August 01, 2016

The year is 1966: The Beatles' Rubber Soul album goes to #1; opposition to the war in Vietnam builds; cigarette packages begin to carry a federally mandated health warning; and the first issue of M&C appears, marking a true milestone for the nascent profession of meeting and event planning.

In this special anniversary tribute, we present a timeline of M&C's colorful coverage over a half-century, and industry luminaries offer their take on how the meetings business has evolved. Online, you'll find more of such insights, and what these notables had to say about M&C's role in the marketplace. Enjoy, and here's to the next 50!

In our debut issue, "Ladies, God Bless Them! But How Do You Keep 'Em Happy at a Show?" explores "one of the most remarkable and outstanding changes in the meetings and conventions picture since the end of World War II: the presence of large numbers of women at increasing numbers of wives have so arranged their family affairs that they feel completely free to join their husbands on these all-important business and social occasions."

We foresee the demise of the handshake-sealed deal. "The day of the spelled-out agreement, i.e., contract, between hotel and client is upon us."

We cover the growing belief that exercise at meetings is a good thing.

"The New Breed of Spouse Programs" finds that some organizations are steering away from the term "ladies' programs," although the vast majority of participants in such programs are still women.  

Our June cover story, "The Electronic Planner," carries the subtitle "Like it or not, there's a computer in your future" and notes within, "We also resisted electricity, automobiles (and probably the wheel), so it's safe to assume that most of us will finally accept computers bit by byte."

"Dealing With Disaster" covers weather catastrophes, fires, medical emergencies -- and not a word about terrorism. And five years before passage of the Americans With Disabilities Act, we feature "Do Your Plans Exclude the Handicapped?" (Of course, today we would use more PC language.)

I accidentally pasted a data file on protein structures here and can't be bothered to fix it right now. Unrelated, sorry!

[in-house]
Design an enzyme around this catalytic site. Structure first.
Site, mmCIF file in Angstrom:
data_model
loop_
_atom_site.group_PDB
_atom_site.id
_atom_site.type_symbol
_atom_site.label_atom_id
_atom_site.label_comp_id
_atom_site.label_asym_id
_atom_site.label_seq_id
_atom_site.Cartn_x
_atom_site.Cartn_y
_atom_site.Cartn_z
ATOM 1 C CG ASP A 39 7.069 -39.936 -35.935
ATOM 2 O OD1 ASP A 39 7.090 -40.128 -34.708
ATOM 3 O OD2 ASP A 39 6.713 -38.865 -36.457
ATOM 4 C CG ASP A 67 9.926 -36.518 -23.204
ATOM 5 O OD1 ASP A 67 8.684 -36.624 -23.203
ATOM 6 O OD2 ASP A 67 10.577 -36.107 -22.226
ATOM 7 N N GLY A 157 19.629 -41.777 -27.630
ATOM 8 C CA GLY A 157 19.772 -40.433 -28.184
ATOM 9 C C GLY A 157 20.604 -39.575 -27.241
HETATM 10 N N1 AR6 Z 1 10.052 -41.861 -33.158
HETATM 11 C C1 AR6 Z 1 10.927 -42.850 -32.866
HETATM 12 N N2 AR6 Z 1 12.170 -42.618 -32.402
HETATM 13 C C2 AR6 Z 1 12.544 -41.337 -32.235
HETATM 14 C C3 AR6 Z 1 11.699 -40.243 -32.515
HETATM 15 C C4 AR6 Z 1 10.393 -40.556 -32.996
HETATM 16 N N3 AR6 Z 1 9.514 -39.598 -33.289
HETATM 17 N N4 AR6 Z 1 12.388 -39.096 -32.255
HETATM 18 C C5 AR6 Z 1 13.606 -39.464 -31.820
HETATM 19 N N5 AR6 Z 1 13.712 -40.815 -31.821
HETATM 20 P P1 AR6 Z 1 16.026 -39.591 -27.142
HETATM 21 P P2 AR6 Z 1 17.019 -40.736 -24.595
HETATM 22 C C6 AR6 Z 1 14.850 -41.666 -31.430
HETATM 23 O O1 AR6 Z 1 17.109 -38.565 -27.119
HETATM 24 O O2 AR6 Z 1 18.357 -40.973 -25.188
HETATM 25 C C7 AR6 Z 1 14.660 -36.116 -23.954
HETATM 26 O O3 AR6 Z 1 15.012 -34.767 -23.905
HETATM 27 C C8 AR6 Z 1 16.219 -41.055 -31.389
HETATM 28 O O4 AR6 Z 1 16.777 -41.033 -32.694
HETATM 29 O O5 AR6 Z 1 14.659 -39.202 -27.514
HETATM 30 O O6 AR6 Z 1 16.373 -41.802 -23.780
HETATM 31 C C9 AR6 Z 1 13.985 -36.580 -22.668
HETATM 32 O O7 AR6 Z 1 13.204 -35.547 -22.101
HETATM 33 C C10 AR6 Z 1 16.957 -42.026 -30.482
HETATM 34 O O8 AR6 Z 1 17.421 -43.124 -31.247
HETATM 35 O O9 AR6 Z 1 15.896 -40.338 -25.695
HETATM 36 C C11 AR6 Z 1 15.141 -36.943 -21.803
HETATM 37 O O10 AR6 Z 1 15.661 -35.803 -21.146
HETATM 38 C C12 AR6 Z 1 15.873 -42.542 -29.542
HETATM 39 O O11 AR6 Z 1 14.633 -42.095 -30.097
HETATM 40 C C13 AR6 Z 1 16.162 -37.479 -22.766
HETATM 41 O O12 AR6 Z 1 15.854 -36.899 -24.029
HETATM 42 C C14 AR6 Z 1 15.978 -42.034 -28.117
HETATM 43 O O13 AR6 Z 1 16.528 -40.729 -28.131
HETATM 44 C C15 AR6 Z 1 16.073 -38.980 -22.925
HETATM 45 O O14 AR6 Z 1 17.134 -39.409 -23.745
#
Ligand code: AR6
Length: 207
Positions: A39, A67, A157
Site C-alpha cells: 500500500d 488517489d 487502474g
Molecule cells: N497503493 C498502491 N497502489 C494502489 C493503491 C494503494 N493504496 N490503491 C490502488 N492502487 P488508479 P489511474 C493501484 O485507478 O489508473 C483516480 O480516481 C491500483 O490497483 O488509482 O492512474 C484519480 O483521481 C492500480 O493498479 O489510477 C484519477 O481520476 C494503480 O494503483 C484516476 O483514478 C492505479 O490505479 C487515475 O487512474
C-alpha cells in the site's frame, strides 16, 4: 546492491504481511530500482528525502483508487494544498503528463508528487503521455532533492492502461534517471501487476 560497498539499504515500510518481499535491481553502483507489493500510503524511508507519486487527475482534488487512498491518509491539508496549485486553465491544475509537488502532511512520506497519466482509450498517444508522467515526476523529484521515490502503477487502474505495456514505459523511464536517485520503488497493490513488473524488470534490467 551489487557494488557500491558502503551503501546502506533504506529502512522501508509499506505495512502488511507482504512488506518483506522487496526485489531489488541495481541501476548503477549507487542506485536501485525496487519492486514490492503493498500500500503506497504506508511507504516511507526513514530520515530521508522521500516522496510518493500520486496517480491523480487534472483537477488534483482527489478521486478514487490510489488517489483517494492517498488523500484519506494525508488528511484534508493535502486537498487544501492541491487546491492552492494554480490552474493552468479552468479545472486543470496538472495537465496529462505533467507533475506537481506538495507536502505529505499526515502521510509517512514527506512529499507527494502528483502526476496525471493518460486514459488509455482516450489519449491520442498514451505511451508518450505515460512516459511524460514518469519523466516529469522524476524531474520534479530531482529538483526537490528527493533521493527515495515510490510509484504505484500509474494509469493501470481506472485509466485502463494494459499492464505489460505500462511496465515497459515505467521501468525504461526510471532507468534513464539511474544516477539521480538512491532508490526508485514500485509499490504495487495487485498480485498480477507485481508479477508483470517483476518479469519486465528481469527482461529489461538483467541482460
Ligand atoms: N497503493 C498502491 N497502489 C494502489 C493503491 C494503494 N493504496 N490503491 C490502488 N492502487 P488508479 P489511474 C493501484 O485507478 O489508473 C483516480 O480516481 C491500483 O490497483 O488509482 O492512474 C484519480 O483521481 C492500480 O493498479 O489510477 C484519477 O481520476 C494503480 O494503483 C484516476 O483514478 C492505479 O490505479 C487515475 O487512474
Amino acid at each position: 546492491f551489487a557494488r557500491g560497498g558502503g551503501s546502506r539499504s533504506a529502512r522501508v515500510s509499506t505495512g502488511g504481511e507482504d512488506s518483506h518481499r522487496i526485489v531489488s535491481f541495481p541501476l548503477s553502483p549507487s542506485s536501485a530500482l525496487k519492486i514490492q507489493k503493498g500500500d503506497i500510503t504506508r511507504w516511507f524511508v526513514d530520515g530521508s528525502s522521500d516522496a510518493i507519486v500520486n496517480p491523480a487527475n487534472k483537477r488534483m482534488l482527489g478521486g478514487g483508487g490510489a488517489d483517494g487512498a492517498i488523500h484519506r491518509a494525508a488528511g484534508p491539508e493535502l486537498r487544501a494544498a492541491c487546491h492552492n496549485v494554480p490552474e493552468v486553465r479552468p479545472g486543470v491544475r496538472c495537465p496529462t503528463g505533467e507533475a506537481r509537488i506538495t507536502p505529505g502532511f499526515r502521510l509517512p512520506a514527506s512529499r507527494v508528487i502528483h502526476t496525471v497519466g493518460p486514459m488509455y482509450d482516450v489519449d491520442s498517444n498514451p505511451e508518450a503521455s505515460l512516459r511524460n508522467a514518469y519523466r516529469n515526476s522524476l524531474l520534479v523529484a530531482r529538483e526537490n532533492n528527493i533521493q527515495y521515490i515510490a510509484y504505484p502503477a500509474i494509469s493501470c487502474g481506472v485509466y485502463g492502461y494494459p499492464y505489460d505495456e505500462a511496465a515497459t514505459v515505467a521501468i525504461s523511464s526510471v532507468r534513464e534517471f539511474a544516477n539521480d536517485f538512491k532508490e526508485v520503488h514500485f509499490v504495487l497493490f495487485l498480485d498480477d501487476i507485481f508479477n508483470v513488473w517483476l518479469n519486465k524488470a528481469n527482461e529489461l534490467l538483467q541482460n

The term "spouse programs" now becomes "guest programs," as M&C declares: "Spouse programs are no longer just for spouses. And they're not just for housewives either. These days meeting planners are designing programs for wives with their own careers, for unmarried female or male companions and, in some cases, even for husbands."

In "Where There's Smoke, There's Ire," an attendee notes the ubiquity of separate smoking and nonsmoking sections, "and  the no-smoking section is getting larger." Another milestone: "Earlier this year, the federal government outlawed smoking on all scheduled flights of two hours or less."

We take stock of the recent collapse of the Soviet Union in "Razing the Iron Curtain: the Dawn of a Destination."


Our "Annual Guide to Fabulous Food" insists: "American is Hot!"

In likely our first generational story, "Make Room for the Boomers," a consultant predicts that "the days of meetings running into weekends will soon go the way of the Edsel and the Hula-Hoop. The last thing baby boomers want to do is have their careers cut into their free or 'quality' time."


"The Biodegradable Meeting" offers an early compendium of ways to plan an environmentally responsible gathering.